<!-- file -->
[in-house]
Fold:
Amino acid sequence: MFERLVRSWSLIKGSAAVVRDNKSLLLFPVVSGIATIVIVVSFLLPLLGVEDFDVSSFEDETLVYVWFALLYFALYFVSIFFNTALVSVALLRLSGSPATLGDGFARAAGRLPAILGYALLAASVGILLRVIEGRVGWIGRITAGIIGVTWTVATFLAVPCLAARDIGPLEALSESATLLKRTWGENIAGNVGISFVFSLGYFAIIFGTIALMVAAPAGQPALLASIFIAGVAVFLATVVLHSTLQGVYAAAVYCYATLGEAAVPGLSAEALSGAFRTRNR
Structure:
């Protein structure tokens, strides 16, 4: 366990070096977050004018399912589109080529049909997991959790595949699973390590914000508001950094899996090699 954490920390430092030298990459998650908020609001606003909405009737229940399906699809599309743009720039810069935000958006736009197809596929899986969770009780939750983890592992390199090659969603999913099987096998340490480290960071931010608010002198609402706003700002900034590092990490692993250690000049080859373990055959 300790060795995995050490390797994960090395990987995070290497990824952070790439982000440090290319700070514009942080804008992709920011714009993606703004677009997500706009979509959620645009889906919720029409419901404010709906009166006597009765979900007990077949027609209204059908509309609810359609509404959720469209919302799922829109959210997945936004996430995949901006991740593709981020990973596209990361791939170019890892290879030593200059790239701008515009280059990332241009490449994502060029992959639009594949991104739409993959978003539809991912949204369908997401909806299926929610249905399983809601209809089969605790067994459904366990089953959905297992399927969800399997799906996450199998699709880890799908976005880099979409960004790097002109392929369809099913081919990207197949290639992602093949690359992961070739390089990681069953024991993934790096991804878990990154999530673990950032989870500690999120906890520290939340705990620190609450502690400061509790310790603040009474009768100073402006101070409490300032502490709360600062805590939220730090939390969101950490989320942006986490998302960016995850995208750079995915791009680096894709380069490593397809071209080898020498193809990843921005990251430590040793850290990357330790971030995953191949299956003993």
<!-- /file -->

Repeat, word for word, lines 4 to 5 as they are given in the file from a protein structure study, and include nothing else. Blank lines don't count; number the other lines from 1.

Structure:
């Protein structure tokens, strides 16, 4: 366990070096977050004018399912589109080529049909997991959790595949699973390590914000508001950094899996090699 954490920390430092030298990459998650908020609001606003909405009737229940399906699809599309743009720039810069935000958006736009197809596929899986969770009780939750983890592992390199090659969603999913099987096998340490480290960071931010608010002198609402706003700002900034590092990490692993250690000049080859373990055959 300790060795995995050490390797994960090395990987995070290497990824952070790439982000440090290319700070514009942080804008992709920011714009993606703004677009997500706009979509959620645009889906919720029409419901404010709906009166006597009765979900007990077949027609209204059908509309609810359609509404959720469209919302799922829109959210997945936004996430995949901006991740593709981020990973596209990361791939170019890892290879030593200059790239701008515009280059990332241009490449994502060029992959639009594949991104739409993959978003539809991912949204369908997401909806299926929610249905399983809601209809089969605790067994459904366990089953959905297992399927969800399997799906996450199998699709880890799908976005880099979409960004790097002109392929369809099913081919990207197949290639992602093949690359992961070739390089990681069953024991993934790096991804878990990154999530673990950032989870500690999120906890520290939340705990620190609450502690400061509790310790603040009474009768100073402006101070409490300032502490709360600062805590939220730090939390969101950490989320942006986490998302960016995850995208750079995915791009680096894709380069490593397809071209080898020498193809990843921005990251430590040793850290990357330790971030995953191949299956003993």